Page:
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It will not be exaggeration to say that one of the most misused and most misinterpreted words in common as well as in business context is AI. I recently came across a quote in an article by Cassie Kozyrkov which aptly and ingeniously drives home the point!

If it is written in Python, it’s probably machine learning. If it is written in PowerPoint, it’s probably AI.

Today in the tech world using the term “artificial intelligence” or “A.I” has become increasingly fashionable for any piece of software or system that uses a simple neural network which is typically a pattern recognition system just capable enough to analyze and sort “certain” things into categories. There are even more shameful cases of decision tree based systems being marketed under the guise of AI. AI has also become a fashion for corporate strategy. The Bloomberg Intelligence economist Michael McDonough tracked mentions of “artificial intelligence” in earnings call transcripts, noting a huge uptick in recent years. Jerry kaplan says, “Artificial intelligence, it seems, has a PR problem. While it’s true that today’s machines can credibly perform many tasks (playing chess, driving cars) that were once reserved for humans, that doesn’t mean that the machines are growing more intelligent and ambitious. It just means they’re doing what we built them to do. The robots may be coming, but they are not coming for us—because there is no “they.” Machines are not people, and there’s no persuasive evidence that they are on a path toward sentience.” (Source)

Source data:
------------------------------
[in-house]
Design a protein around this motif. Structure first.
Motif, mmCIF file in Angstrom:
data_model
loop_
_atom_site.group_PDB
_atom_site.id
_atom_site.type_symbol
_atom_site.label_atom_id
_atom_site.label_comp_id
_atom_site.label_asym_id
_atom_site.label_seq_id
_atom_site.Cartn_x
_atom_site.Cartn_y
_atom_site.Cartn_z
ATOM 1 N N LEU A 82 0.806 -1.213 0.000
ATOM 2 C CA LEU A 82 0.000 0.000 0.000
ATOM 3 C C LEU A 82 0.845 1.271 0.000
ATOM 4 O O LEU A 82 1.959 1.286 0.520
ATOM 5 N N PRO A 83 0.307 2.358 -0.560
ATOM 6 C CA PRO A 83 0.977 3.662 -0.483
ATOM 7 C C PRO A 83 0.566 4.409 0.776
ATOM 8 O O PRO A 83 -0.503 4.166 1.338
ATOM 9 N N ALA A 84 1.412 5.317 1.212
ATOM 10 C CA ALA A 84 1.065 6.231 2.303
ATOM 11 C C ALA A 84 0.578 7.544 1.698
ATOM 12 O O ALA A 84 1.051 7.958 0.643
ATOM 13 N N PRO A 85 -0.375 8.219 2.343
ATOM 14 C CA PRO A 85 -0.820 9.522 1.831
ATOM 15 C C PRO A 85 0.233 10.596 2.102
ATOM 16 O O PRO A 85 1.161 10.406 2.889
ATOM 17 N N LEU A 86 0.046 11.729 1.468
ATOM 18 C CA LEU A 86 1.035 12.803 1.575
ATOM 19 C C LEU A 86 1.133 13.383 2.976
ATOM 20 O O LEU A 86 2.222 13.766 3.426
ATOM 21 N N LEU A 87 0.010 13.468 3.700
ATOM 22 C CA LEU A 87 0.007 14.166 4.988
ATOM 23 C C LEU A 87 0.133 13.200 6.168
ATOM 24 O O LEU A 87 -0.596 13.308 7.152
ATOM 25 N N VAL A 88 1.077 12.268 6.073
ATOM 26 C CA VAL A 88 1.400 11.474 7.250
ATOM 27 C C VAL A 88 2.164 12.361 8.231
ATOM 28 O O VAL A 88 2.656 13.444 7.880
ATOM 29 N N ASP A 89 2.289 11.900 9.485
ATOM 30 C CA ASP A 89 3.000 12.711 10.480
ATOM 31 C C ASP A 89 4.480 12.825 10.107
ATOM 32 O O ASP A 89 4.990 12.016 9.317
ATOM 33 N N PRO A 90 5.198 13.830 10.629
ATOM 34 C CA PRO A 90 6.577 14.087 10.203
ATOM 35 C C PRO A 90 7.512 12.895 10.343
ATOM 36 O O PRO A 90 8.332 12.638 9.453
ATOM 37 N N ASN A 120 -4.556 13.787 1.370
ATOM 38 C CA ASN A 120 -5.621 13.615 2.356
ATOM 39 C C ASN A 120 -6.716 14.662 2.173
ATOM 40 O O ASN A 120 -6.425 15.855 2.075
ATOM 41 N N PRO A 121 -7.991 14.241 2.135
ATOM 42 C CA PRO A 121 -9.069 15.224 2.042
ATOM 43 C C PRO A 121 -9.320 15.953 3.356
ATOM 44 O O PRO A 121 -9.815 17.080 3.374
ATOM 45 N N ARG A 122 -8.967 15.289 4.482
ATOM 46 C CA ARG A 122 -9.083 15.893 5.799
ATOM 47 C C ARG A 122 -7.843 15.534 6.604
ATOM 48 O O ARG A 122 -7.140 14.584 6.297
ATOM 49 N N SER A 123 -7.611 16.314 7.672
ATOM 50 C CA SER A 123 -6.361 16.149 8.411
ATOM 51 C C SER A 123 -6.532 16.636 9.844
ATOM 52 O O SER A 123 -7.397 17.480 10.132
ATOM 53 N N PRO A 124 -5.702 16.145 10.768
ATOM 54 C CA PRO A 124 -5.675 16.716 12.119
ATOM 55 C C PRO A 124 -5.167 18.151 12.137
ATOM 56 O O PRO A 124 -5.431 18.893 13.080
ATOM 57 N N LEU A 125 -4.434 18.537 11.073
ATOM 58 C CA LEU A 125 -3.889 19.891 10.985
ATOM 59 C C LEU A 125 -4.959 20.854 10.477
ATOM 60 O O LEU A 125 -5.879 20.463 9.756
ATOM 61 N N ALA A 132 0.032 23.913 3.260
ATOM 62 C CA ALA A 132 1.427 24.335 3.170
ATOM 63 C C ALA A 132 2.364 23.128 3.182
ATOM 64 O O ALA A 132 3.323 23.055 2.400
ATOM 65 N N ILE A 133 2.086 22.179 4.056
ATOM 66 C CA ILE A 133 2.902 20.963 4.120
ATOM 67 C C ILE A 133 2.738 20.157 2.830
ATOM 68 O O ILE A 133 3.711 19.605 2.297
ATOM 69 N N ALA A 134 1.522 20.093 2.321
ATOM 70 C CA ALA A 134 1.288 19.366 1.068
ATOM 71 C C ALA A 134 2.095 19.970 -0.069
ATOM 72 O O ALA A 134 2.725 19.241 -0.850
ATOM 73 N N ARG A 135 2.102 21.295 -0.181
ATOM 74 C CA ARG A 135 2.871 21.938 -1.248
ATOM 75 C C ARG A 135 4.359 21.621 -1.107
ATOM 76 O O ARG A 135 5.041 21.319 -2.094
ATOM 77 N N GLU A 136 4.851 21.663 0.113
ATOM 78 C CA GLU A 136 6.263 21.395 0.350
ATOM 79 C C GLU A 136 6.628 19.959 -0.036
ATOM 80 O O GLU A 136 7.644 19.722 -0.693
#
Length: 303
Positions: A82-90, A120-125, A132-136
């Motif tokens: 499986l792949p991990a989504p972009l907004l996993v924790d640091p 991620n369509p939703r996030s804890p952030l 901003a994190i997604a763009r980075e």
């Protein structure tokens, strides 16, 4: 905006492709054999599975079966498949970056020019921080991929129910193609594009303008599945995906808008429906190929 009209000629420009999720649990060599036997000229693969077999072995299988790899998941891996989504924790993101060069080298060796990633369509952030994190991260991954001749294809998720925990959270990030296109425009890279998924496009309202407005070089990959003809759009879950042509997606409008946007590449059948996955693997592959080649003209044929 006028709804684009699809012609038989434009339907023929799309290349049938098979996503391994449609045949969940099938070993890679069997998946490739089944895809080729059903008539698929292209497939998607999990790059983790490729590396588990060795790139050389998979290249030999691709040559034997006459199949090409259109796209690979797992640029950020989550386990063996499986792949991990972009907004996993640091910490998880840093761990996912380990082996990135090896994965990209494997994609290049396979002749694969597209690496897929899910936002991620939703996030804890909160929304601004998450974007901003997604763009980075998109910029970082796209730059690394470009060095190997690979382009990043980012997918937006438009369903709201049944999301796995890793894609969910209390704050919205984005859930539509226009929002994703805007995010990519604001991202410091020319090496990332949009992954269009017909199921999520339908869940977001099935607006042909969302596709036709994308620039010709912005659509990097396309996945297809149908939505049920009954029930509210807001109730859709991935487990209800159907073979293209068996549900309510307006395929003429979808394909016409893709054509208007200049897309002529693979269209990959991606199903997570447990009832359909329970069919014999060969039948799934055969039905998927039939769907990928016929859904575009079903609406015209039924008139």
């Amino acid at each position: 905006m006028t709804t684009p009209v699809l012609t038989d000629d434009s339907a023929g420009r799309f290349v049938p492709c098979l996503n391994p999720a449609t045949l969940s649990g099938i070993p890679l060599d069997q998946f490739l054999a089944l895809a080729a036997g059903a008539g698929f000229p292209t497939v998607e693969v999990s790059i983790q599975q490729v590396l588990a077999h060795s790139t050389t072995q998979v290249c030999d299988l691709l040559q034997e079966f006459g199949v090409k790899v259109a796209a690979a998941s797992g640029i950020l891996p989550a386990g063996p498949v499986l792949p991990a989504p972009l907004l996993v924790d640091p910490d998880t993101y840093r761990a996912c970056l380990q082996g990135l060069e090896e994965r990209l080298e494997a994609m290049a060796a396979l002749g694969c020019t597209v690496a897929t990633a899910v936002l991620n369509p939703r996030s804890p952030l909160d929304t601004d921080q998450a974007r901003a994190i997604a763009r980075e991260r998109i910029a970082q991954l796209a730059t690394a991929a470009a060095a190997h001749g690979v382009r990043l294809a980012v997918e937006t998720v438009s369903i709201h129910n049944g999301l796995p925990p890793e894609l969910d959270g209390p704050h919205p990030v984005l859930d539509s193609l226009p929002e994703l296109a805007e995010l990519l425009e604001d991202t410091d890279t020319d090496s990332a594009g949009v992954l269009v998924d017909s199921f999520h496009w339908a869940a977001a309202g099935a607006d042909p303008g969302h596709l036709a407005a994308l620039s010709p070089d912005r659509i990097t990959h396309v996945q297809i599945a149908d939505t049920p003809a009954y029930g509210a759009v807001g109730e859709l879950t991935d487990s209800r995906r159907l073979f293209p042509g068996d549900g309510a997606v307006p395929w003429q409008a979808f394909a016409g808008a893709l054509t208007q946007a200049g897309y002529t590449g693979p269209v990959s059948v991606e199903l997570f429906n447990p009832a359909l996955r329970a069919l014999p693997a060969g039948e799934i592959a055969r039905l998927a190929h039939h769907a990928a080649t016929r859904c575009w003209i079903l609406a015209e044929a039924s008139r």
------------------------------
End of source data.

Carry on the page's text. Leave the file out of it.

Computer science defines AI research as the study of “intelligent agents”: any device that perceives its environment and takes actions that maximize its chance of successfully achieving its goals. A more elaborate definition characterizes AI as “a system’s ability to correctly interpret external data, to learn from such data, and to use those learnings to achieve specific goals and tasks through flexible adaptation.”


  1. Narrow or weak AI: face/speech recognition, voice assistants, driving a car etc. Key examples include, Apple’s Siri, IBM’s Watson, etc. It is only Narrow AI which we have almost successfully achieved.
  2. General or strong AI: This is the capability by which machines can mimics human intelligence or behaviours, with the ability to learn & solve a problem. The very lack of understanding of human brain itself is the biggest deterrent in developing and mimicking itself and modern science till today is far from it.
  3. Artificial superintelligence: This is a hypothetical AI that surpasses human intelligence and behaviours; ASI is where machines become self-aware… MATRIX!


The usage of these buzzwords and the associated scientism must be stopped and for the businesses, the use of the term must be well thought & defined in the context of the goals and data strategy. It is a sure shot sign of poorly defined goals & strategies if you are encountering these terms more often in business meetings and presentations. The story however doesn’t end at AI, quite like it, the term big data, analytics have also become a cliche and ubiqutous on PPTs, however, this is perhaps a subject of another article!